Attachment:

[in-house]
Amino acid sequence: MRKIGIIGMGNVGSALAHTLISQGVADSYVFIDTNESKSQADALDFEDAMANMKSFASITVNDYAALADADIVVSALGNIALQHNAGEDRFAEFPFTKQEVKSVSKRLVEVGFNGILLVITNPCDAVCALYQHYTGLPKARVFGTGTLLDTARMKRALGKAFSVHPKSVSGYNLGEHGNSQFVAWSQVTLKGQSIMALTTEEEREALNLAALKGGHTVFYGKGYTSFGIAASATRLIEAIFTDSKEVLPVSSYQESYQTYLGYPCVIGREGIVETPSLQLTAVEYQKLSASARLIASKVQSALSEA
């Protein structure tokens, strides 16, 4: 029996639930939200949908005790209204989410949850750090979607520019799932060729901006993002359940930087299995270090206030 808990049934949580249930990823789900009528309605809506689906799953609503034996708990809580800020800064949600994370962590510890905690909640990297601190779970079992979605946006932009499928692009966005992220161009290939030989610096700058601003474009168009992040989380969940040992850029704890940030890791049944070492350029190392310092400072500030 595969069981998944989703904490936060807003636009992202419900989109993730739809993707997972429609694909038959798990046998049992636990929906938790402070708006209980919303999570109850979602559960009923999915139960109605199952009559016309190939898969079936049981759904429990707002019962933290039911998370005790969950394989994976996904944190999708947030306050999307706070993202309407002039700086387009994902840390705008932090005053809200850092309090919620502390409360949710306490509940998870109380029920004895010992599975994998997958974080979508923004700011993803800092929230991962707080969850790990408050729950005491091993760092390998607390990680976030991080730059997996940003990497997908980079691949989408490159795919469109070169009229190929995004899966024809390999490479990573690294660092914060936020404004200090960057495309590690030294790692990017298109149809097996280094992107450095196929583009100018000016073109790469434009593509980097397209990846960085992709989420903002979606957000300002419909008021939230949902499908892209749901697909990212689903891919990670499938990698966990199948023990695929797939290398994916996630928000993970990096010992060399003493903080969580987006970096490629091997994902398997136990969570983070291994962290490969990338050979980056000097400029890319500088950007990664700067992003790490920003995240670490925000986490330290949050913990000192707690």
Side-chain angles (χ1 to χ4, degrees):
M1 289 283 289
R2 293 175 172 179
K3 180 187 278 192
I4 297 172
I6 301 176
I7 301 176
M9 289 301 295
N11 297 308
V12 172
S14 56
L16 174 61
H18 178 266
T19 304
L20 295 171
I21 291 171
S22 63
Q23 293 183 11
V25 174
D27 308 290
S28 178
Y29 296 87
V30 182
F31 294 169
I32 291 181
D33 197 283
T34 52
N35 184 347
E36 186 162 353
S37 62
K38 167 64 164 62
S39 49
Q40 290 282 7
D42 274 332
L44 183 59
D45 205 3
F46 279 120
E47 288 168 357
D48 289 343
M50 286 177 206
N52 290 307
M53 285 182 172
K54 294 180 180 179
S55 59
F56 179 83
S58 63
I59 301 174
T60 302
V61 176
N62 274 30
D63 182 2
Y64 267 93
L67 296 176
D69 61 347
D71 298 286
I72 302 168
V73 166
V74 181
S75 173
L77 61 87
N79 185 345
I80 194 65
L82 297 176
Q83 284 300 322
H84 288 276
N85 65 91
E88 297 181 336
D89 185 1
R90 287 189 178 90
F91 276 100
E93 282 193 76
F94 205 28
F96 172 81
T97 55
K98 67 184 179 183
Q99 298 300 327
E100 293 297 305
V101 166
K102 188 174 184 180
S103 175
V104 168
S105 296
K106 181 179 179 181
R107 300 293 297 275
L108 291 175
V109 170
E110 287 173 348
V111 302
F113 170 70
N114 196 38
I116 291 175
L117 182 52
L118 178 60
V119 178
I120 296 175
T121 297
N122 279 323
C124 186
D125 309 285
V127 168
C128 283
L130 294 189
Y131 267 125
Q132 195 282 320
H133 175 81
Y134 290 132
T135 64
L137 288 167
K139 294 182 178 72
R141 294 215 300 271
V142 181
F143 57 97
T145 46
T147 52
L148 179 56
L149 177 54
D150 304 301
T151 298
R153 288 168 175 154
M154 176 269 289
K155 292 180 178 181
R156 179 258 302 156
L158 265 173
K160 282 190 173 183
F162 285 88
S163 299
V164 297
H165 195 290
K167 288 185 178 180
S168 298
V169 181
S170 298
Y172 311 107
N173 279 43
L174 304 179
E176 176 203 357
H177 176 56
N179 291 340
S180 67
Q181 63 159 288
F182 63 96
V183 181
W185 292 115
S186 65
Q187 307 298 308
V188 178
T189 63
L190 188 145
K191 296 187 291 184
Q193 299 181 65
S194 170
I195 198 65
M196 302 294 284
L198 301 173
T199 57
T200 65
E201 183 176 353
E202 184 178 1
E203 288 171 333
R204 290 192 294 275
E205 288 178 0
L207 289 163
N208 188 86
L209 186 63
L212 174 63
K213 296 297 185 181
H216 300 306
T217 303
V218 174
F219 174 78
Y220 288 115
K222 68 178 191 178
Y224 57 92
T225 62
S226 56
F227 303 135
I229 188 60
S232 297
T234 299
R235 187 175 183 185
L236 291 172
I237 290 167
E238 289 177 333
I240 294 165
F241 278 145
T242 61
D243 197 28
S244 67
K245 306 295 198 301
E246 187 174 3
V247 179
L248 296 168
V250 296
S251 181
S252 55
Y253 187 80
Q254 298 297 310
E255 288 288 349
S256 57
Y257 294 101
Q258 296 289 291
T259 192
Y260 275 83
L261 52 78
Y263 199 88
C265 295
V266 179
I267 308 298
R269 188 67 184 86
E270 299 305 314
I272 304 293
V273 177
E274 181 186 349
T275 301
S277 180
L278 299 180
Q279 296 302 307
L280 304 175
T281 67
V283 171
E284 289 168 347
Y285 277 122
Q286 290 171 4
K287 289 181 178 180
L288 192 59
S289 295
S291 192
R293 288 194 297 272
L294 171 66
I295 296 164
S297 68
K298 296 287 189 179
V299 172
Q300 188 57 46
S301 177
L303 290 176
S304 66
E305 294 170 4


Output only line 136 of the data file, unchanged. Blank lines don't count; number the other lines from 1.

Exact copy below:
Y172 311 107